Gene Quinn at the AIPF Annual Meeting in Washington, DC, September 29, 2014.
Today I am going to talk about what I call the patent pendulum. When Todd Van Thomme and I originally started talking about what I would talk about today I said that there would undoubtedly be something that comes up at the last minute. I even joked that I might wind up talking about how the Supreme Court actually got the Alice decision right, surprising us all and saying once and for all that software is clearly patentable. We all know it didn’t turn out that way. So the title of my presentation today is this: Dark Days Ahead: The Patent Pendulum.
As you are probably all familiar, patent law never stays the same in the same spot. It is always swinging one or another, either swinging more towards stronger patent rights and the patent owner, or away from strong patent rights and away from the owner. It has been that way throughout history.
Normally what’s happened is that we’ve seen the pendulum swing over longer periods of time, like over decades, and then it’ll move away. For example the 1952 Patent Act was premised on the fact that Congress didn’t like the way the law was developing over the preceding years and wanted more things be patentable, hence the 1952 Patent Act did away with the flash of creative genius test. So things swung back toward a more patent friendly law, at least for a while. And then in the 1970s no courts ever saw a patent that actually had valid patent claims. This famously prompted Congress to create the Federal Circuit. Under the guidance of Chief Judge Markey and Judges like Giles Sutherland Rich and Pauline Newman, who is still on the court, the pendulum swings back toward the patent owner once again.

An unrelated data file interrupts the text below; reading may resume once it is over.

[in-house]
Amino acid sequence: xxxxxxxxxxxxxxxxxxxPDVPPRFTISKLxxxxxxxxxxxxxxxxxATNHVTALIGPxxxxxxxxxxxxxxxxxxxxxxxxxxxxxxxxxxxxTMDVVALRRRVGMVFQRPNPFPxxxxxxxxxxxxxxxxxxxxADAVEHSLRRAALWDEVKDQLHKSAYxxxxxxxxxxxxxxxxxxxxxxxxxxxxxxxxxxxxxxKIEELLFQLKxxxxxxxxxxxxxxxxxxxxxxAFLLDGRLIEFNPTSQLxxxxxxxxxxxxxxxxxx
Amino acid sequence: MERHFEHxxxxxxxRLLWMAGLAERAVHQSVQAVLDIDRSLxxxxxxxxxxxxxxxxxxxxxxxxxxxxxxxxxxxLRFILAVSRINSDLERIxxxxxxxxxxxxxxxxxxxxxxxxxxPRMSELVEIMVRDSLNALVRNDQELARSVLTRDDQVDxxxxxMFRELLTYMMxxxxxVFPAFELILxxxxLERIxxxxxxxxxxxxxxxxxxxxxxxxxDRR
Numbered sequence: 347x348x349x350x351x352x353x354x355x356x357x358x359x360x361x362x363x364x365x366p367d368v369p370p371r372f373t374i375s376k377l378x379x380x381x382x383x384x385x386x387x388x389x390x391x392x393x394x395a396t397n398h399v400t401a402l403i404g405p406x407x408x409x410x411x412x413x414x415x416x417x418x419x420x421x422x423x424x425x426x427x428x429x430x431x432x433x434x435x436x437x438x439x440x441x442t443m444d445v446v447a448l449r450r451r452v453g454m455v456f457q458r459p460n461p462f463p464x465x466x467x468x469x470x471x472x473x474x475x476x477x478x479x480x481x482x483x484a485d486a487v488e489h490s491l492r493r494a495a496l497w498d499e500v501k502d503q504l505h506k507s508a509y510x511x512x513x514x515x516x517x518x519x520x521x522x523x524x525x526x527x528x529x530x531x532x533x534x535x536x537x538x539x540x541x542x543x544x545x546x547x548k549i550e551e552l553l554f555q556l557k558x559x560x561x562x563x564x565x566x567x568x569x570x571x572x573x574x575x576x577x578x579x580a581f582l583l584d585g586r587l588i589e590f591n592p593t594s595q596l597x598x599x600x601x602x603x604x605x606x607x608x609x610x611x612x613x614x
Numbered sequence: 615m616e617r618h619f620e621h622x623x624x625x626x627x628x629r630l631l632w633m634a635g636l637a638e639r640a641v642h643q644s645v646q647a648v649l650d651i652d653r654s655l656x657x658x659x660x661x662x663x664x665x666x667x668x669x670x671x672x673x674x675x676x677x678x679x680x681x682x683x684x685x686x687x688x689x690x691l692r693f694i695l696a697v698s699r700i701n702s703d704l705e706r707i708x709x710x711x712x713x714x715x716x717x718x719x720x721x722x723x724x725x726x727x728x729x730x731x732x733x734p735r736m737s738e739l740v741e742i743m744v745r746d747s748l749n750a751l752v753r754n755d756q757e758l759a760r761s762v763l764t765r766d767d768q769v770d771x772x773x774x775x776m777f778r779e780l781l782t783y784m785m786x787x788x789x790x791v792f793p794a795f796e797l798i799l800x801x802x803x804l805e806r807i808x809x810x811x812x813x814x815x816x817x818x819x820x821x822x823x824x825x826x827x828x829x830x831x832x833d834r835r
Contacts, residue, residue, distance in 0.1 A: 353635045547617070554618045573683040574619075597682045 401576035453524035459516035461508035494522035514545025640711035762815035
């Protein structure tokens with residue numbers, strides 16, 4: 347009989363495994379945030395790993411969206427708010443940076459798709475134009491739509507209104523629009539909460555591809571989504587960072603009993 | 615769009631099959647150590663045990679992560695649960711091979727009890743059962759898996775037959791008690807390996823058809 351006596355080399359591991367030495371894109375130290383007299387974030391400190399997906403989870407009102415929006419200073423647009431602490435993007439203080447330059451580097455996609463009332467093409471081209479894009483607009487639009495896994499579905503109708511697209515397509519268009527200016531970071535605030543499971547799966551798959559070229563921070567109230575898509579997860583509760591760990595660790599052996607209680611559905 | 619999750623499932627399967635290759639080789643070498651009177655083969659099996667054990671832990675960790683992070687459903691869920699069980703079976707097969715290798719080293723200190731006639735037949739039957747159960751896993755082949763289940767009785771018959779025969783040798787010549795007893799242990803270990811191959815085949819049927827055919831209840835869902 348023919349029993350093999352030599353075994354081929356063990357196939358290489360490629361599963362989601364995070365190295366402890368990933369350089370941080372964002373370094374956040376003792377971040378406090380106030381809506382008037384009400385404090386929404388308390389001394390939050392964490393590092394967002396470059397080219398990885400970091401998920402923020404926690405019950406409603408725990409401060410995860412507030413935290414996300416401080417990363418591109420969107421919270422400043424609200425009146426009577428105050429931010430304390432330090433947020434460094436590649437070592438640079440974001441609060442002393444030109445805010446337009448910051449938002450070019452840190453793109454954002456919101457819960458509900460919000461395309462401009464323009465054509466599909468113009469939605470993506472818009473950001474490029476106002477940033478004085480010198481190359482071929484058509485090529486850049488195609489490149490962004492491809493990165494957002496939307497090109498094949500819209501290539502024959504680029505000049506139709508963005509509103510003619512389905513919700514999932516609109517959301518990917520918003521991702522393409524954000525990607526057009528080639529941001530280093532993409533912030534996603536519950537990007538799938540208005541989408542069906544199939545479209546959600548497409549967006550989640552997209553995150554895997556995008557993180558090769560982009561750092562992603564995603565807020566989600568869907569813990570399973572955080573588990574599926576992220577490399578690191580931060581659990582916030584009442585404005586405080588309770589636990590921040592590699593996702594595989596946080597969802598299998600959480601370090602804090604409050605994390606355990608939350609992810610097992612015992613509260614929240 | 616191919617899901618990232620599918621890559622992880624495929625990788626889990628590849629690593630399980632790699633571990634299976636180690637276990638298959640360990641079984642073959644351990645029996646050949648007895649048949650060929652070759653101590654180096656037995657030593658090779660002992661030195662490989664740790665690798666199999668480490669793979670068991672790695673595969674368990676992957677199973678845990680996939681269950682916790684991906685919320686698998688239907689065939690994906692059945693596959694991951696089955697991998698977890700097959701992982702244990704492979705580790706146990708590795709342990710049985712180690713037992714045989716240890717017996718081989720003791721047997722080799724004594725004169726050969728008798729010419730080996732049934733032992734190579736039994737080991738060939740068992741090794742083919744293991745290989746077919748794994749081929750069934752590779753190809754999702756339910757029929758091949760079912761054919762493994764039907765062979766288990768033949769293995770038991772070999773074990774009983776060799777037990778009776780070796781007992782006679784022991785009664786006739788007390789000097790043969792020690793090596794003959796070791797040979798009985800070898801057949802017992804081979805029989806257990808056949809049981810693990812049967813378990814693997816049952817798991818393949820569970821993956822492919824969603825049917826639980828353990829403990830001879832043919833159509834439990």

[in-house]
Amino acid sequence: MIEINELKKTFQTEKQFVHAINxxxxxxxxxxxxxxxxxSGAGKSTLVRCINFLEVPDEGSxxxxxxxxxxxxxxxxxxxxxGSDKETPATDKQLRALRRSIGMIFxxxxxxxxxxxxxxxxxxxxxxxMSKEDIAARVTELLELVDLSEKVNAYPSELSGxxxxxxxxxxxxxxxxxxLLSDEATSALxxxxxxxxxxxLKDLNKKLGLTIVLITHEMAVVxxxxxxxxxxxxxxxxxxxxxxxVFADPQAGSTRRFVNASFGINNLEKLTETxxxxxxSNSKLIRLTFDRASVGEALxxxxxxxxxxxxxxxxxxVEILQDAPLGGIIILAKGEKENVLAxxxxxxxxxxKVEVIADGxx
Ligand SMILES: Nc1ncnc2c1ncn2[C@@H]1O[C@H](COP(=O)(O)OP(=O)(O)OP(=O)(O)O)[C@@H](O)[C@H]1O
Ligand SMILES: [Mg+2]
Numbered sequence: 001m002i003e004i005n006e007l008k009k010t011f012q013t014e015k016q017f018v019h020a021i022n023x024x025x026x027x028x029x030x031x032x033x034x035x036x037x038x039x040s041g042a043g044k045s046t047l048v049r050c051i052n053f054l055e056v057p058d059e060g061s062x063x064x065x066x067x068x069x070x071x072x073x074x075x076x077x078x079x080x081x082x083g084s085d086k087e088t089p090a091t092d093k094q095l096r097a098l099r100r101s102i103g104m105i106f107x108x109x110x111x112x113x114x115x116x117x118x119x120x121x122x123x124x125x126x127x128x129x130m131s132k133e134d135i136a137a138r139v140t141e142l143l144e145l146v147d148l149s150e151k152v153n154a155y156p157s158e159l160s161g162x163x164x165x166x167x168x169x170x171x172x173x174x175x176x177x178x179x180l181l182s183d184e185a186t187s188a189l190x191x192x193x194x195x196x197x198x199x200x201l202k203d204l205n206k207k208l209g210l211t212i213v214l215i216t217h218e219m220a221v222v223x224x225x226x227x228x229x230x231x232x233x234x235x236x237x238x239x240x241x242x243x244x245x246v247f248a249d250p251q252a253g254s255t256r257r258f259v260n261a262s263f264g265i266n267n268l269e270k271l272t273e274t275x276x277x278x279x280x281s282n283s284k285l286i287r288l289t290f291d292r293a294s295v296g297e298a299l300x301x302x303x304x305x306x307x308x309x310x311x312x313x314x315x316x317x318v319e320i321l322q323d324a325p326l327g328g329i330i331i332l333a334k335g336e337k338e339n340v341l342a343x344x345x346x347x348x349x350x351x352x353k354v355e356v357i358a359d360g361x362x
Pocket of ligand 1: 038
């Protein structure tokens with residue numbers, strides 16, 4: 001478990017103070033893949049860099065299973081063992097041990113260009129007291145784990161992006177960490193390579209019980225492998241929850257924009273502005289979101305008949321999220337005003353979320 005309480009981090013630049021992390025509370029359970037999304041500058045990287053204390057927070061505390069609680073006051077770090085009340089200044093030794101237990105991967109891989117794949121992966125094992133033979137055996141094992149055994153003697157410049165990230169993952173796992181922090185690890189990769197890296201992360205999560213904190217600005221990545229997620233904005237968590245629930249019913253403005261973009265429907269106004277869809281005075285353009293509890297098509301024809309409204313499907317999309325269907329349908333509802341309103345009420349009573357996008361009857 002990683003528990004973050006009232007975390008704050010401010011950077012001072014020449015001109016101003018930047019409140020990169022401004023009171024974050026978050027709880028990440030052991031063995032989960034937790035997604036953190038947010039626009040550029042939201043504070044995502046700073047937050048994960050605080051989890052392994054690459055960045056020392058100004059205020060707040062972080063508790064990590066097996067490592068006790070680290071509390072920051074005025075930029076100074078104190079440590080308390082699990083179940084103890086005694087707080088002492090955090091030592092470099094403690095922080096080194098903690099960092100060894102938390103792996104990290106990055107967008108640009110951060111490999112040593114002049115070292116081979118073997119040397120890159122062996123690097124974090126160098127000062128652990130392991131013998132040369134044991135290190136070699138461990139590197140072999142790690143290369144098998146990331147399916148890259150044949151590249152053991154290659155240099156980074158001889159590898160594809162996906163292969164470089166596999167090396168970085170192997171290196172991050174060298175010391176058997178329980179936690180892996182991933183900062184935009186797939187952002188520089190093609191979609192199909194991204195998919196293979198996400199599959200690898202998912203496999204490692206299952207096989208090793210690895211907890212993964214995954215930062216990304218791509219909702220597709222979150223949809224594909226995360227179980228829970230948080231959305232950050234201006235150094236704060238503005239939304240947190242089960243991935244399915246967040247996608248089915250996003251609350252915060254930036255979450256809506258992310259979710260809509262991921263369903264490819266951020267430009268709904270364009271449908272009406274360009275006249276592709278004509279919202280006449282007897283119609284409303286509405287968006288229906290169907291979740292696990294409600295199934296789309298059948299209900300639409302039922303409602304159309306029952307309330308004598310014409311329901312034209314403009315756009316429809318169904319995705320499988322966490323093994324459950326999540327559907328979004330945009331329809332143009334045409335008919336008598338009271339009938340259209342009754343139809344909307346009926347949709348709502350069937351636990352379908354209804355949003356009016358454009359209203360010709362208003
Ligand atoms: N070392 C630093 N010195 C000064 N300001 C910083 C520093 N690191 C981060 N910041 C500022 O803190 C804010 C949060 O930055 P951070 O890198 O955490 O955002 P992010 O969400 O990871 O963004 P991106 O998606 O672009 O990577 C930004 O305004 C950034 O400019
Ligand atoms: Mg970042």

No question exists that patent eligibility under Section 101 has been, and remains, the most active question in patent law. Watching the rapid flow of cases back and forth between the Federal Circuit and the Supreme Court exceeds the excitement generated by most TV shows in sheer entertainment value. The only question open for discussion is whether we are watching “Game of Thrones,” “Survivor”, or “Modern Family.” Actually, the best choice may be “Lost”.
To understand the Supreme Court’s decision in Alice Corp. v. CLS Bank Int’l, a page of history provides more illumination than a book of Lewis Carroll references. Here we need to pick up at the point when everyone thought the computer patentability wars were over.
By the late 1990’s, the last frontier was business methods. We had absorbed Diamond v. Diehr and moved on to Beauregard claims and propagated signals. Everyone was making, or wanted to be making, tons of money in the Dot.Con era, and little patience remained for outdated rules.
Chief Justice Warren Burger (L) authored Diamond v. Chakrabarty, while then Justice William Rehnquist (R) authored Diamond v. Diehr.
For those in the patent law world who may have been hiding under a rock, we have been flooded recently with lower court rulings on patent-eligibility under 35 U.S.C. § 101 after Alice Corp. v. CLS Bank International. Like a tsunami, these lower court rulings are uniformly sweeping away any patent in its wake as being directed to merely an “abstract idea” that doesn’t provide “something more.” Those quoted words are taken from Our Judicial Mount Olympus’ two-part test in Alice which is derived largely in part from the so-called “framework” of Mayo Collaborative Services v. Prometheus Laboratories, Inc. for separating patent-ineligible “claims to laws of nature, natural phenomena, and abstract ideas from those that claim patent-eligible applications of those concepts.” See Ignorance Is Not Bliss: Alice Corp. v. CLS Bank International*